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New Community Football Field Dedicated in Chelsea


CHELSEA, MA (Nov. 11, 2003) - The dedication of the new synthetic turf football field at Chelsea High School today would have been notable if only to acknowledge that local Pop Warner League players -- and plenty of other Chelsea youth - now have an excellent place to play.

But the ceremony, attended by neighbors, Chelsea officials, community developers, members of the New England Patriots and the National Football League, did much more. It also saluted the NFL, which through its Grassroots program provided $100,000 for the field renovation. That grant is among $10 million that the NFL, through its teams and players organization, has contributed since 1998 to renovate nearly 100 community football fields nationwide. The NFL and Local Initiatives Support Corporation (LISC), its partner in the Grassroots program, today announced the latest rounds of Grassroots grants to communities in 12 cities across the country.
"Community revitalization is measured by more than construction cranes and concrete," said LISC Board Chairman Robert E. Rubin during the dedication ceremony. "We applaud the NFL and its Youth Football Fund for recognizing the impact that football fields have on local communities, and for supporting their restoration and maintenance. Public spaces such as this Chelsea field are critical to the health of every neighborhood and the future of its children."

The Grassroots program, funded by the NFL, its teams, and the NFL Players Association, not only provides recreational opportunities for children in underserved neighborhoods, it acts as a catalyst for the redevelopment of those communities.

"Football fields are an integral part of creating safe, viable and healthy communities," said NFL Commissioner Paul Tagliabue. "Not only do these fields enable youths to play sports, but they also provide areas for recreation, education, and relaxation that contribute to the overall quality of life in neighborhoods throughout the nation."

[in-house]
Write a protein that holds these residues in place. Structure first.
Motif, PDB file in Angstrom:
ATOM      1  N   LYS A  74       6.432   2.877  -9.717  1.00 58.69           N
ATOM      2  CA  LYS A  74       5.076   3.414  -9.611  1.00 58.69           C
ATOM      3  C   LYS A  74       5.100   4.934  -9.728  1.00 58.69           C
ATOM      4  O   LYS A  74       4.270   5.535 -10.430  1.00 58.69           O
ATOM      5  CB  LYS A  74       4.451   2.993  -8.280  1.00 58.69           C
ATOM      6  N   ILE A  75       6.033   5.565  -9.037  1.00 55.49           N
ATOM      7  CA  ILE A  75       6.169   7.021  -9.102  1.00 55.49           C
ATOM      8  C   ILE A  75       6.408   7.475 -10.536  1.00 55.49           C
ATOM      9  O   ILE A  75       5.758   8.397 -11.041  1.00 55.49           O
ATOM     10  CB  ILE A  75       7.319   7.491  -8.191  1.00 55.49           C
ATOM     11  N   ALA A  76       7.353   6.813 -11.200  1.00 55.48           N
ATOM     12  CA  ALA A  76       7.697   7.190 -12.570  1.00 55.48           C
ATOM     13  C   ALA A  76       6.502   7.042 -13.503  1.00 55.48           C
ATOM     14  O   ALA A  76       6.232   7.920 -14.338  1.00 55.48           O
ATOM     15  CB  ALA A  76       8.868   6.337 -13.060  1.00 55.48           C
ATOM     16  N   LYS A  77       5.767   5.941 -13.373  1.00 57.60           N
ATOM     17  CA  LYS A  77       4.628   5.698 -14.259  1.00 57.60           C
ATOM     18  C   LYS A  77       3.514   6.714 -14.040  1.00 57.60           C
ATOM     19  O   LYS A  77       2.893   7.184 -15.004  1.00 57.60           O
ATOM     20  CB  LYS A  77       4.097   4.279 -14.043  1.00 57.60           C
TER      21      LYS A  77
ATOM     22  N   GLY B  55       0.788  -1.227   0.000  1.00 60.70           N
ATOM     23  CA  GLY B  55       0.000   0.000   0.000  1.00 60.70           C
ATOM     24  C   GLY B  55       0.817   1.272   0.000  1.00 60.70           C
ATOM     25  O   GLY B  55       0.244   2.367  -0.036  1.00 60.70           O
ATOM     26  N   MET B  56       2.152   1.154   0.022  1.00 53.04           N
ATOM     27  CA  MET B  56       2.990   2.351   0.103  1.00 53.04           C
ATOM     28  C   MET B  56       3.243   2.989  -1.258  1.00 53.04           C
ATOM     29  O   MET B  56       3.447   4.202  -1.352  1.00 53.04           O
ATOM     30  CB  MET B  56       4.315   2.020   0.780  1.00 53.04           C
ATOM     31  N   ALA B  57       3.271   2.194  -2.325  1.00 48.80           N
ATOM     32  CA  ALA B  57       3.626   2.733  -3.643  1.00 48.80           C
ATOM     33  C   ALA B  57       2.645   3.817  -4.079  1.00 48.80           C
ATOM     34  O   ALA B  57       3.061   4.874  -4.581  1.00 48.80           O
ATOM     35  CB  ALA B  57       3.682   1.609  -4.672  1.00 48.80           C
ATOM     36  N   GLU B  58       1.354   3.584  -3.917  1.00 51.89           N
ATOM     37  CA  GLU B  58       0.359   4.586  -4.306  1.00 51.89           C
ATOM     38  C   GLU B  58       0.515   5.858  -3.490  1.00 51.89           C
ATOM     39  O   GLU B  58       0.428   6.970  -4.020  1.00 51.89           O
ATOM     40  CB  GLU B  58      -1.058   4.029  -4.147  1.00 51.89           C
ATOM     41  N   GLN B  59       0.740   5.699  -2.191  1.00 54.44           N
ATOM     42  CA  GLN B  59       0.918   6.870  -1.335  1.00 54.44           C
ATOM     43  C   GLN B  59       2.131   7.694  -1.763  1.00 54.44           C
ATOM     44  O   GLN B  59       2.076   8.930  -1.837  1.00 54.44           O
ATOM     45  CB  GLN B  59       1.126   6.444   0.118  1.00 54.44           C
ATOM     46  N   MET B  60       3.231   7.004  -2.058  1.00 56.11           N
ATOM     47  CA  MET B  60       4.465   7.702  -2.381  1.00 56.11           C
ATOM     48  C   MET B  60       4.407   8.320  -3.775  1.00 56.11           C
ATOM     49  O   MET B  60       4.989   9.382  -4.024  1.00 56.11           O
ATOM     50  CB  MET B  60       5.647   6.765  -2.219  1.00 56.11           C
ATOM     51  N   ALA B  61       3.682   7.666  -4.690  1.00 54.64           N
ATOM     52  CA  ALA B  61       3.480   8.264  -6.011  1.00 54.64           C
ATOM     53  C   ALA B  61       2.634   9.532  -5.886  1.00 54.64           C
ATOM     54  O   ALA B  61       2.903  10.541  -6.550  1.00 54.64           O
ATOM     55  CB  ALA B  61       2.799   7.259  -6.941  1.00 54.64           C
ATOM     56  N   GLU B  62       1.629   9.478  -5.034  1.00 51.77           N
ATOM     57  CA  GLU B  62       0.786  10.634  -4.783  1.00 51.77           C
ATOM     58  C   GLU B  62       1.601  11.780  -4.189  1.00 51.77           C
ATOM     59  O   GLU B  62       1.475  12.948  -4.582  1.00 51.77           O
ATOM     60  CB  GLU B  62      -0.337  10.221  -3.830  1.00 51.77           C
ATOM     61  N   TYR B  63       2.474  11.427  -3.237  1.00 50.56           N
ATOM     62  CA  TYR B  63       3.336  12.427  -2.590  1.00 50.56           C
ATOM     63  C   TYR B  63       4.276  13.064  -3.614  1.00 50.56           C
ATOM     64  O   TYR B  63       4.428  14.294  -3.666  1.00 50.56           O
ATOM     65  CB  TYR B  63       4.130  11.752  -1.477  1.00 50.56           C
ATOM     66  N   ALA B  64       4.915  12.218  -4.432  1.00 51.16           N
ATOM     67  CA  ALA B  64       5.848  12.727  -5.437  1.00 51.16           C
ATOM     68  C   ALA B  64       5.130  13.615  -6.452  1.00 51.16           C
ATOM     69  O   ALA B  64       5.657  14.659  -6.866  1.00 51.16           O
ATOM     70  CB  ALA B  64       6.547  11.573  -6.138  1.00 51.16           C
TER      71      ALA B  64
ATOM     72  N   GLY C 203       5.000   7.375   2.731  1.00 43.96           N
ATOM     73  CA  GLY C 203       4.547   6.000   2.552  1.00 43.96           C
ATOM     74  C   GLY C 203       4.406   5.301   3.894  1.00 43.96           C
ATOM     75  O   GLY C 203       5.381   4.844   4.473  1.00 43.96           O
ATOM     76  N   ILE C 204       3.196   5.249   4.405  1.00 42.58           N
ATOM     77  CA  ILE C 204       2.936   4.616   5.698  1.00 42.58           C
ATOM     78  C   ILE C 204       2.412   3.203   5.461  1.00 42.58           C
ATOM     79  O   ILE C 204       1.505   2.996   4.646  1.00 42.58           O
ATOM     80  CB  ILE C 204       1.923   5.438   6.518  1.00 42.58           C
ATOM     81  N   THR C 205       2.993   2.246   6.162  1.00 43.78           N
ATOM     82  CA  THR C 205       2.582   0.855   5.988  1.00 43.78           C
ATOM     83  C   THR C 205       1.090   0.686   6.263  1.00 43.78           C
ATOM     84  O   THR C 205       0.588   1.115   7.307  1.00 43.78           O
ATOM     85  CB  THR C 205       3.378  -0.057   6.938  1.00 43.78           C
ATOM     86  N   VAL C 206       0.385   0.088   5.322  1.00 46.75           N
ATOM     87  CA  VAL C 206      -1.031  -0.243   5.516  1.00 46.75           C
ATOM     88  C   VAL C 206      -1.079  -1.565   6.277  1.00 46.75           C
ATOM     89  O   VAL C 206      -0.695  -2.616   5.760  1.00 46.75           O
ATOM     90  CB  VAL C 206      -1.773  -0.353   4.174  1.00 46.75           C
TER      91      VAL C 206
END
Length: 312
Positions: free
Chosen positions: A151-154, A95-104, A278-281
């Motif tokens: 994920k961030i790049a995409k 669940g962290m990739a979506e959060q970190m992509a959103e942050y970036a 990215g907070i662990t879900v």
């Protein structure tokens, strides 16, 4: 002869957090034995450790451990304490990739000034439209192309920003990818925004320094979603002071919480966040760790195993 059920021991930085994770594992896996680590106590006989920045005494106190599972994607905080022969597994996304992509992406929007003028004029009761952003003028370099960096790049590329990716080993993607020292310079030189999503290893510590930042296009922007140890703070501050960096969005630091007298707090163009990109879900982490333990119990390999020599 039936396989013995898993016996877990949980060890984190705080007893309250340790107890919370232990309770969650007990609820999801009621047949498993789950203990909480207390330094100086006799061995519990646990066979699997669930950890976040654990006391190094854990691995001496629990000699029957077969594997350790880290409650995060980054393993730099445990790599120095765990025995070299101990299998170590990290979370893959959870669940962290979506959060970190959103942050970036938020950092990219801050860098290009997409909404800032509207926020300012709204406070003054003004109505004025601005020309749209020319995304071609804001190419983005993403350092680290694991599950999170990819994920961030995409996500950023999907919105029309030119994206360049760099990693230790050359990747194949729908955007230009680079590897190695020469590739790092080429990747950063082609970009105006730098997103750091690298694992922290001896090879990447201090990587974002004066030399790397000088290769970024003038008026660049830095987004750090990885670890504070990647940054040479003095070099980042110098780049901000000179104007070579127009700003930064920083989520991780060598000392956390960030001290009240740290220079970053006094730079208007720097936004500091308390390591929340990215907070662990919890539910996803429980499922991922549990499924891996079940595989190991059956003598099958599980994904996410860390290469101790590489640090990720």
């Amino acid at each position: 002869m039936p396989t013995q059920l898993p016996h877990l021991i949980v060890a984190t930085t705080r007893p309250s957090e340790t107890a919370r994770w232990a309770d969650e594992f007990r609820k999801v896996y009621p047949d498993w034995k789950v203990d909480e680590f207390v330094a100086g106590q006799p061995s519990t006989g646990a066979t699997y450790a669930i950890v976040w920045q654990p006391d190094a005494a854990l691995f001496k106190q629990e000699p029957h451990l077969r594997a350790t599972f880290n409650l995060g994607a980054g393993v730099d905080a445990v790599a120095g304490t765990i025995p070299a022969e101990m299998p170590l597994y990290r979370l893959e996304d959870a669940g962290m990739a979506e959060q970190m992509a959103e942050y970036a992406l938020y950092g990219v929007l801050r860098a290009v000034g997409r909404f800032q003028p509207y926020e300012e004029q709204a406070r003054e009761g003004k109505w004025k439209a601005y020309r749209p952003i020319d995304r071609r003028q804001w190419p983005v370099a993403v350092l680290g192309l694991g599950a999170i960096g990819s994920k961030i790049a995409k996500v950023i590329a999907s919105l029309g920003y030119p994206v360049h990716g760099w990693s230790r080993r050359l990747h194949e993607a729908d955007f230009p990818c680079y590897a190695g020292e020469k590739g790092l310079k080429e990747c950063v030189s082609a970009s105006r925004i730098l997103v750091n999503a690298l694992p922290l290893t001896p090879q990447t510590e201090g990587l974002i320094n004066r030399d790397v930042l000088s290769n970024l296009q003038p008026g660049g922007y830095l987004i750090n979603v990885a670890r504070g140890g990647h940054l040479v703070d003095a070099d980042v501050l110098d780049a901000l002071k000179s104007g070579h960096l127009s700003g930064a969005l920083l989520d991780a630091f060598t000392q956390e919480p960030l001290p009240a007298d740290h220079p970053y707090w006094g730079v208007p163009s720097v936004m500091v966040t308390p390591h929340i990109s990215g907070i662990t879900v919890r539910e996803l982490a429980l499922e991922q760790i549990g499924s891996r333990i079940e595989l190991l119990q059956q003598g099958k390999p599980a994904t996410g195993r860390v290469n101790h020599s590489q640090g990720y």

The field in Chelsea is a good example. Families and kids loved it, but inadequate drainage frequently left it unplayable. And even in good weather, play was limited to 250 hours of use in the fall so the grass could regenerate during the rest of the year.

But now, thanks to the Grassroots program, Chelsea Neighborhood Housing Services, the City of Chelsea, MetroLacrosse, and the Chelsea Public Schools, the field has new synthetic turf which makes it available for year-round activity, giving current players expanded access and opening up the field for broader community use.

"We want to keep kids off the streets and in the parks," said Tony Lepordo, president of the Chelsea Pop Warner League, which has 150 players and 125 cheerleaders, ages 7-15. In 2001, the League's midget division (13-15 year-olds) won the Pop Warner national championship. Lepordo sees the field not only as a place for recreation, but also as a forum for social interaction.

"We had our first home game last month and 300 people were in the stands," he said. "They loved the field."